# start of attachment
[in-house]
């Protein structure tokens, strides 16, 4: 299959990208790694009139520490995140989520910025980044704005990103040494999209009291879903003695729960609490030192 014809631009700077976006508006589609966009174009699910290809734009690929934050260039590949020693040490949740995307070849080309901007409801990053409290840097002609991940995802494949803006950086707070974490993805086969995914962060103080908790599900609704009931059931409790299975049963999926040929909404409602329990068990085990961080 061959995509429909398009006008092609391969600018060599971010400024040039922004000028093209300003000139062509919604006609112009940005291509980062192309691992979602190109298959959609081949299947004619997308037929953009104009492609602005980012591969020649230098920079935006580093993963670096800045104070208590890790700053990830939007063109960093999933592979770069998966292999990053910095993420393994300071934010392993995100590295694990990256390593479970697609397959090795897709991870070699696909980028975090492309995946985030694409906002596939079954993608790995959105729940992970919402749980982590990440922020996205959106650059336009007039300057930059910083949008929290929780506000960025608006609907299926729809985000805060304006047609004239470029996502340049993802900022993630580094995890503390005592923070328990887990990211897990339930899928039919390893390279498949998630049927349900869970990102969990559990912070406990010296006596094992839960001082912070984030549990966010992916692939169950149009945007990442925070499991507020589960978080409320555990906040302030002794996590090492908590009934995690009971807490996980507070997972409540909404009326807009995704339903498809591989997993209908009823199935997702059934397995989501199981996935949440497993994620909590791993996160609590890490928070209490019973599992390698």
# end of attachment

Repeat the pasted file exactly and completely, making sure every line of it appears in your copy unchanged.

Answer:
[in-house]
């Protein structure tokens, strides 16, 4: 299959990208790694009139520490995140989520910025980044704005990103040494999209009291879903003695729960609490030192 014809631009700077976006508006589609966009174009699910290809734009690929934050260039590949020693040490949740995307070849080309901007409801990053409290840097002609991940995802494949803006950086707070974490993805086969995914962060103080908790599900609704009931059931409790299975049963999926040929909404409602329990068990085990961080 061959995509429909398009006008092609391969600018060599971010400024040039922004000028093209300003000139062509919604006609112009940005291509980062192309691992979602190109298959959609081949299947004619997308037929953009104009492609602005980012591969020649230098920079935006580093993963670096800045104070208590890790700053990830939007063109960093999933592979770069998966292999990053910095993420393994300071934010392993995100590295694990990256390593479970697609397959090795897709991870070699696909980028975090492309995946985030694409906002596939079954993608790995959105729940992970919402749980982590990440922020996205959106650059336009007039300057930059910083949008929290929780506000960025608006609907299926729809985000805060304006047609004239470029996502340049993802900022993630580094995890503390005592923070328990887990990211897990339930899928039919390893390279498949998630049927349900869970990102969990559990912070406990010296006596094992839960001082912070984030549990966010992916692939169950149009945007990442925070499991507020589960978080409320555990906040302030002794996590090492908590009934995690009971807490996980507070997972409540909404009326807009995704339903498809591989997993209908009823199935997702059934397995989501199981996935949440497993994620909590791993996160609590890490928070209490019973599992390698």